Net accumulation and flux of dissolved organic carbon and dissolved organic nitrogen in marine plankton communities
Limnol. Oceanogr., 45(5), 2000, 1097-1111 | DOI: 10.4319/lo.2000.45.5.1097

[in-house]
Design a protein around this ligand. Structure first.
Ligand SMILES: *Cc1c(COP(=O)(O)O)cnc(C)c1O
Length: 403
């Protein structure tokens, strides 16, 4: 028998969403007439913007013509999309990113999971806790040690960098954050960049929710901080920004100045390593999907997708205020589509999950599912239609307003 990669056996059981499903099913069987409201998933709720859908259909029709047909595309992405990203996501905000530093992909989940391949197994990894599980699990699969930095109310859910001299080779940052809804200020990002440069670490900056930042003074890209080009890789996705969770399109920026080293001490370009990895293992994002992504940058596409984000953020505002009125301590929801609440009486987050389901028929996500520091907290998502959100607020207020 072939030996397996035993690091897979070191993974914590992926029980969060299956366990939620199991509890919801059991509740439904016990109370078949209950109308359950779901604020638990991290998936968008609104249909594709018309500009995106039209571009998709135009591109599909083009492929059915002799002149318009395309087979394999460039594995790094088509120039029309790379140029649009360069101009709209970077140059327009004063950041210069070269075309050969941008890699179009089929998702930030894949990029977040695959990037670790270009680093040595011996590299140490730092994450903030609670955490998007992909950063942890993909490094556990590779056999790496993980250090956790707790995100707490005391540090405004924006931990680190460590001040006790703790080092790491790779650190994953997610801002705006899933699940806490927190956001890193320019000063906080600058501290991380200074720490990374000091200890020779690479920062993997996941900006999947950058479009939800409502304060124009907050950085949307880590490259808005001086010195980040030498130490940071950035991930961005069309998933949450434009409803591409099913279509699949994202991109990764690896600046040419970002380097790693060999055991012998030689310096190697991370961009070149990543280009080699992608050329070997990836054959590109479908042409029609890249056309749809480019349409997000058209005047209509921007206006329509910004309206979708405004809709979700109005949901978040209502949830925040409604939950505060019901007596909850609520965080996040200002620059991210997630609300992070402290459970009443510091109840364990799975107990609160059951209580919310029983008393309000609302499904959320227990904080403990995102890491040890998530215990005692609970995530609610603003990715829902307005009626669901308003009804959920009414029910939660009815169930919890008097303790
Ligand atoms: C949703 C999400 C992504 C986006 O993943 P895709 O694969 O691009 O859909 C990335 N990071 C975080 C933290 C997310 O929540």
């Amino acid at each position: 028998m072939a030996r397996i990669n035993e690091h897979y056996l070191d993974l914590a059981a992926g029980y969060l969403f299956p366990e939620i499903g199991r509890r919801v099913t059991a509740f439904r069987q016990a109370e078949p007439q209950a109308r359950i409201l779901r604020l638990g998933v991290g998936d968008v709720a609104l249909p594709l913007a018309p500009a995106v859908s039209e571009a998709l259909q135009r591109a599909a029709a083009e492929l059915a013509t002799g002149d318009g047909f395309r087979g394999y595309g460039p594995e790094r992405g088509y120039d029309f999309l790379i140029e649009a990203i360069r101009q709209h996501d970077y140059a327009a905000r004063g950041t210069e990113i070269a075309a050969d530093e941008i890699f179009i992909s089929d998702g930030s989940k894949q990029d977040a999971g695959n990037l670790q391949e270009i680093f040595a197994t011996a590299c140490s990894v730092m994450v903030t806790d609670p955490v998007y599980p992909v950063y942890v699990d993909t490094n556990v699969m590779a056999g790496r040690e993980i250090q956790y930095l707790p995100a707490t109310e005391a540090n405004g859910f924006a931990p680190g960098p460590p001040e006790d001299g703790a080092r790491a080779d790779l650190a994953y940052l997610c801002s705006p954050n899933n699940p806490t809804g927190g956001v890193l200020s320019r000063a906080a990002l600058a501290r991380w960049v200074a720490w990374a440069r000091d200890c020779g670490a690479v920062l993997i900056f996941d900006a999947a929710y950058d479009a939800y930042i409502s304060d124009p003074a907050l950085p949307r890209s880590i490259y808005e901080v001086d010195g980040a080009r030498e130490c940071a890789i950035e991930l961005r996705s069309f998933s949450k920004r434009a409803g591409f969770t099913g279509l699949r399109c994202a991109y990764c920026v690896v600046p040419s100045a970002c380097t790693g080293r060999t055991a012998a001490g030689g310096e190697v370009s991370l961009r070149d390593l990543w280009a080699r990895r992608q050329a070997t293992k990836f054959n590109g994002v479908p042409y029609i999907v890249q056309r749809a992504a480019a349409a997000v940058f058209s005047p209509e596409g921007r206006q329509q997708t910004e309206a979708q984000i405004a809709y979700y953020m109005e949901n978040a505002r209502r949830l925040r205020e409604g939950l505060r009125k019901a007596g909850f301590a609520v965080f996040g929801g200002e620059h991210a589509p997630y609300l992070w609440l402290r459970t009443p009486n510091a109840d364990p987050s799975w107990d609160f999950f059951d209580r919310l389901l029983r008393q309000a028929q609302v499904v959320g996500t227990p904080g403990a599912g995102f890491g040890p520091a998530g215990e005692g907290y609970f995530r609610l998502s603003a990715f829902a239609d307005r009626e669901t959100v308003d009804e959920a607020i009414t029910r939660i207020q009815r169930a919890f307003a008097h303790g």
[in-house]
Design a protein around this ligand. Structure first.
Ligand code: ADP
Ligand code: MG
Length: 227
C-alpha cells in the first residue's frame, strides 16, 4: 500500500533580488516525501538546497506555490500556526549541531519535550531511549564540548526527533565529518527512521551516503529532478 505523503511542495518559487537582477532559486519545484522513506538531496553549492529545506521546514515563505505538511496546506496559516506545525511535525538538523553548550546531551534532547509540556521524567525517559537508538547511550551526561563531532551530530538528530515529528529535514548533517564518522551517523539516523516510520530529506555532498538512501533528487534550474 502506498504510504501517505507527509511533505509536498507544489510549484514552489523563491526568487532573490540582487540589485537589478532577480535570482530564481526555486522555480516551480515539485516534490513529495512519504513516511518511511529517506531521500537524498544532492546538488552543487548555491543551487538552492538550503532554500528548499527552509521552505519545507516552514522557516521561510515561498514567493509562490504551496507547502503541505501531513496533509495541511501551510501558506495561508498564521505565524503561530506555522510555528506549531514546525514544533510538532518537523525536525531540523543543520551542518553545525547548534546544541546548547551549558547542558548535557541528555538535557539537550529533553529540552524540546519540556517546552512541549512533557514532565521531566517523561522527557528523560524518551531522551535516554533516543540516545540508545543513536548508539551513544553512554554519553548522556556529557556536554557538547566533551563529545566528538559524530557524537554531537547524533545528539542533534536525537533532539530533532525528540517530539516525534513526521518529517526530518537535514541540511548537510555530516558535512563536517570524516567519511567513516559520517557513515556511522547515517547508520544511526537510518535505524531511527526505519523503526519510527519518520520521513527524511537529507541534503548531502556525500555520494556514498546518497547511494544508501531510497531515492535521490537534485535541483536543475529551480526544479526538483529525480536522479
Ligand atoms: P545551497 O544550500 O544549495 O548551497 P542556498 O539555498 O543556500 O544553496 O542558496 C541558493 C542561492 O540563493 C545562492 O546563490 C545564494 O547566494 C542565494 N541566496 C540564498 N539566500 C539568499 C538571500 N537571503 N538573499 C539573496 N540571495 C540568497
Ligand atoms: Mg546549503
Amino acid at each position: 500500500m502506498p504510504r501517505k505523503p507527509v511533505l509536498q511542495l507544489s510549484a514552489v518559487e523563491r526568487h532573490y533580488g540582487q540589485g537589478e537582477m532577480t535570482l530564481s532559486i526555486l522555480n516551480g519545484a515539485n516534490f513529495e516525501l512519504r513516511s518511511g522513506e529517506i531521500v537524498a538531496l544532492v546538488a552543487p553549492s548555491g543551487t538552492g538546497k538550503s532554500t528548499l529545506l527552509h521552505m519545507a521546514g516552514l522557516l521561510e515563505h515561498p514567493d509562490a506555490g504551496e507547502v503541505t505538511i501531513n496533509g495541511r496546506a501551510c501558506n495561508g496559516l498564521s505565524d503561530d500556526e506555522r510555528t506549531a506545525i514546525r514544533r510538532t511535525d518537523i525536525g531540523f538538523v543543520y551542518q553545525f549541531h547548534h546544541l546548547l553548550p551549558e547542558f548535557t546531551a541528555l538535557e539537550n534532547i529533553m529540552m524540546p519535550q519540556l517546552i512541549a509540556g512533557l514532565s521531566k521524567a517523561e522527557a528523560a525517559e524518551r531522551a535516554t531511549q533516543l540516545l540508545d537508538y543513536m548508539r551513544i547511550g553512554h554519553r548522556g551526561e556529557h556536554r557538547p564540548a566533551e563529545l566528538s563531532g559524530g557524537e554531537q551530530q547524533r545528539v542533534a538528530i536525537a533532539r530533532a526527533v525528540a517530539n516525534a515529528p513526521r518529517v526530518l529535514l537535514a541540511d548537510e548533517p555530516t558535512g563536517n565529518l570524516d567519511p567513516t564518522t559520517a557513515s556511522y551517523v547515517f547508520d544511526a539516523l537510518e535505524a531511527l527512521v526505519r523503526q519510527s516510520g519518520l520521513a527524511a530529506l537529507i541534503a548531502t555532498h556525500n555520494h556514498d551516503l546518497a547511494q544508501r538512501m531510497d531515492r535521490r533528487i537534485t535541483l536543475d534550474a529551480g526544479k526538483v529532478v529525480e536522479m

ABSTRACT: Marine mesocosms were manipulated with inorganic nutrients over a period of 22 d to investigate organic carbon partitioning under a variety of nutrient regimes. The chemical analyses and biotic measurements included inorganic nutrients, pigment signatures, particulate and dissolved organic species, bacterial production, and community respiration. The biodegradability of dissolved organic carbon (DOC) was investigated with in vitro decomposition experiments. The net particulate organic carbon (POC) production was 50% of the total organic production during the initial 6 d of nutrient-replete growth and during a major diatom bloom. In all other situations the carbon partitioning was strongly in favor of DOC, which accounted for 82 to 111% of the total production. The production of new DOC preceded new DON by about 1 week. Thus, the new dissolved organic matter (DOM) initially had an infinite C: N ratio, which fell to 11-20 when DON started to accumulate. The highest C: N ratio was measured during a nutrient-replete diatom bloom. Dissolved polysaccharides accounted for 50 to 70% of the new DOC, and the lowest relative amount was produced during a diatom bloom. The chemical analyses unequivocally demonstrated that carbon partitioning in favor of carbon-rich DOM can take place during an active diatom bloom and not only during the decay of a bloom. The DOC-producing mechanisms cannot be fully identified. However, during the different growth phases the DOC production varied, as did the speciation of DOM with respect to the C: N ratios. When net production of dissolved organic nitrogen (DON) was detected after 11 d, the DON production accounted for 25 to 50% of the daily added and assimilated inorganic nitrogen. The measurements of community respiration made it possible to calculate the maximum carbon recycling by bacteria and bacterial net DOC assimilation. These calculations showed the estimates of carbon partitioning to be very sensitive to bacterial growth yield values and the factors used to convert leucine and thymidine isotope incorporation to bacterial production. Decomposition experiments showed that at least 35% of the new DOC was biodegradable over 10-12 d and that inorganic nutrients only marginally affected use. The calculated turnover times of new DOC were between 15 and 25 d. The semilabile nature of new DOC with respect to microbial attack is suggested as the main reason for the medium-term accumulation of new DOC.